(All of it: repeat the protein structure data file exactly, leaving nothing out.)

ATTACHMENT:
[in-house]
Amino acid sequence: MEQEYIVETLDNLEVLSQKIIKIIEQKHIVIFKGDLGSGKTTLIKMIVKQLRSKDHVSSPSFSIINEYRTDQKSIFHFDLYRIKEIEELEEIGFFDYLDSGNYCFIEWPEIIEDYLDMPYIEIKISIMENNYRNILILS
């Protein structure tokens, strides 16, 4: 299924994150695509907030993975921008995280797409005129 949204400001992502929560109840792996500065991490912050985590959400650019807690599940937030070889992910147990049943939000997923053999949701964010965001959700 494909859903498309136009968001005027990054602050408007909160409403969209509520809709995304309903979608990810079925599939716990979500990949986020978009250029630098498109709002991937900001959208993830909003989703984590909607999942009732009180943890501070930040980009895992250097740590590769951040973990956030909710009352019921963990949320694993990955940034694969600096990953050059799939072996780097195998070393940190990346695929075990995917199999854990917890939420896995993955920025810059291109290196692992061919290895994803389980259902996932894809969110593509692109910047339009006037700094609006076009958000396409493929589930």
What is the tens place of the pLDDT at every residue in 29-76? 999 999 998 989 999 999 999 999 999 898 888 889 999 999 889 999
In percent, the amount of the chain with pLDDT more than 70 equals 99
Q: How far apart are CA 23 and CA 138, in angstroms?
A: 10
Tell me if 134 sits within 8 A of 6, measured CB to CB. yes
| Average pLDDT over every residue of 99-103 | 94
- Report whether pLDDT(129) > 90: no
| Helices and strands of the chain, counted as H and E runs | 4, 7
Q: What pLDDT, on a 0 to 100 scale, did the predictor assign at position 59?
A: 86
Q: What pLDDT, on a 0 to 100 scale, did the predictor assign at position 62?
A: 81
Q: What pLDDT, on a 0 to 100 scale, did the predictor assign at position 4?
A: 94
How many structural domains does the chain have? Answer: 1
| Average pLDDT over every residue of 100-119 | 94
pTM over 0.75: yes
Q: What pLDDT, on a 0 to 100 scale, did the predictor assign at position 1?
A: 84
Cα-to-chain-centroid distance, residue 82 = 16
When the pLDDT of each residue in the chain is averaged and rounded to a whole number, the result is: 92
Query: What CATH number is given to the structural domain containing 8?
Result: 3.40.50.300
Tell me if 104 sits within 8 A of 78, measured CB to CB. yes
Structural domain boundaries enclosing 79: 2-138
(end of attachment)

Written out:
[in-house]
Amino acid sequence: MEQEYIVETLDNLEVLSQKIIKIIEQKHIVIFKGDLGSGKTTLIKMIVKQLRSKDHVSSPSFSIINEYRTDQKSIFHFDLYRIKEIEELEEIGFFDYLDSGNYCFIEWPEIIEDYLDMPYIEIKISIMENNYRNILILS
């Protein structure tokens, strides 16, 4: 299924994150695509907030993975921008995280797409005129 949204400001992502929560109840792996500065991490912050985590959400650019807690599940937030070889992910147990049943939000997923053999949701964010965001959700 494909859903498309136009968001005027990054602050408007909160409403969209509520809709995304309903979608990810079925599939716990979500990949986020978009250029630098498109709002991937900001959208993830909003989703984590909607999942009732009180943890501070930040980009895992250097740590590769951040973990956030909710009352019921963990949320694993990955940034694969600096990953050059799939072996780097195998070393940190990346695929075990995917199999854990917890939420896995993955920025810059291109290196692992061919290895994803389980259902996932894809969110593509692109910047339009006037700094609006076009958000396409493929589930």
What is the tens place of the pLDDT at every residue in 29-76? 999 999 998 989 999 999 999 999 999 898 888 889 999 999 889 999
In percent, the amount of the chain with pLDDT more than 70 equals 99
Q: How far apart are CA 23 and CA 138, in angstroms?
A: 10
Tell me if 134 sits within 8 A of 6, measured CB to CB. yes
| Average pLDDT over every residue of 99-103 | 94
- Report whether pLDDT(129) > 90: no
| Helices and strands of the chain, counted as H and E runs | 4, 7
Q: What pLDDT, on a 0 to 100 scale, did the predictor assign at position 59?
A: 86
Q: What pLDDT, on a 0 to 100 scale, did the predictor assign at position 62?
A: 81
Q: What pLDDT, on a 0 to 100 scale, did the predictor assign at position 4?
A: 94
How many structural domains does the chain have? Answer: 1
| Average pLDDT over every residue of 100-119 | 94
pTM over 0.75: yes
Q: What pLDDT, on a 0 to 100 scale, did the predictor assign at position 1?
A: 84
Cα-to-chain-centroid distance, residue 82 = 16
When the pLDDT of each residue in the chain is averaged and rounded to a whole number, the result is: 92
Query: What CATH number is given to the structural domain containing 8?
Result: 3.40.50.300
Tell me if 104 sits within 8 A of 78, measured CB to CB. yes
Structural domain boundaries enclosing 79: 2-138